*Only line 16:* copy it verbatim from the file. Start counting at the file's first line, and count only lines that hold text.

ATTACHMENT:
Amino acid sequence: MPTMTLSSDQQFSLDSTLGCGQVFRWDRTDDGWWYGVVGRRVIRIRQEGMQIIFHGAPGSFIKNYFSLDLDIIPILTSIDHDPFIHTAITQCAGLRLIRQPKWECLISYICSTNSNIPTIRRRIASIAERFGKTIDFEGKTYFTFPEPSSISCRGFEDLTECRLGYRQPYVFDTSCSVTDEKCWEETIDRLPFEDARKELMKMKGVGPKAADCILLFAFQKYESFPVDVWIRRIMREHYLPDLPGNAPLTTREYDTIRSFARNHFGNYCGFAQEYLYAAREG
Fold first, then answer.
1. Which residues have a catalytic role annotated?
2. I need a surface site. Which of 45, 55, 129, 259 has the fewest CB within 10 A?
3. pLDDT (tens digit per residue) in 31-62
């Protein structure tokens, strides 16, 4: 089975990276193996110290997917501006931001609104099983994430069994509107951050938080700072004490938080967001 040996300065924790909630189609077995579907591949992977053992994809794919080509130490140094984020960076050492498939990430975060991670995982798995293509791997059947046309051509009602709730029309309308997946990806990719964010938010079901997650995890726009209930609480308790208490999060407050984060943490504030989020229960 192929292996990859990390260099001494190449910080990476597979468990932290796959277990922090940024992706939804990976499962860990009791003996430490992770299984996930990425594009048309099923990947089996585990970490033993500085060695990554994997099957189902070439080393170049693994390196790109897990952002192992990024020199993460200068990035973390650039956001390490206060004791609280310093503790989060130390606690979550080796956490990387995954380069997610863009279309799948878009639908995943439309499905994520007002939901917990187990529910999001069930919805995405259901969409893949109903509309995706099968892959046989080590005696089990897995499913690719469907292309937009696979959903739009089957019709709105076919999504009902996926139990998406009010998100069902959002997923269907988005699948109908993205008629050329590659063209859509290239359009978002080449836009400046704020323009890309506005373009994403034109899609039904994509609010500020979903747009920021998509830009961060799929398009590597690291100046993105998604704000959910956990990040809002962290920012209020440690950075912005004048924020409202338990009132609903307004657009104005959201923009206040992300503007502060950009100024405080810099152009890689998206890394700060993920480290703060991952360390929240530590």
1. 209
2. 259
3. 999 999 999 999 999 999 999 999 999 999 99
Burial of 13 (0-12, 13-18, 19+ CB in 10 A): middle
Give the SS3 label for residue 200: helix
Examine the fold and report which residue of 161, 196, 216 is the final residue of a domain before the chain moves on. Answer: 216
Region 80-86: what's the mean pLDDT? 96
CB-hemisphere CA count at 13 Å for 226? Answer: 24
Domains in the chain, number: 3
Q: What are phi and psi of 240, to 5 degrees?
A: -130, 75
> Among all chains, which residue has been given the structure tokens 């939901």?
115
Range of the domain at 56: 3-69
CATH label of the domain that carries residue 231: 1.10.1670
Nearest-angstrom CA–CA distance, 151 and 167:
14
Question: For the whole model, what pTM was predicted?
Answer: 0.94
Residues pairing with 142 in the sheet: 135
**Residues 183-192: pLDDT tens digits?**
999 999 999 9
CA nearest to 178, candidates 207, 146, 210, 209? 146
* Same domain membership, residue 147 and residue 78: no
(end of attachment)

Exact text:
Q: What are phi and psi of 240, to 5 degrees?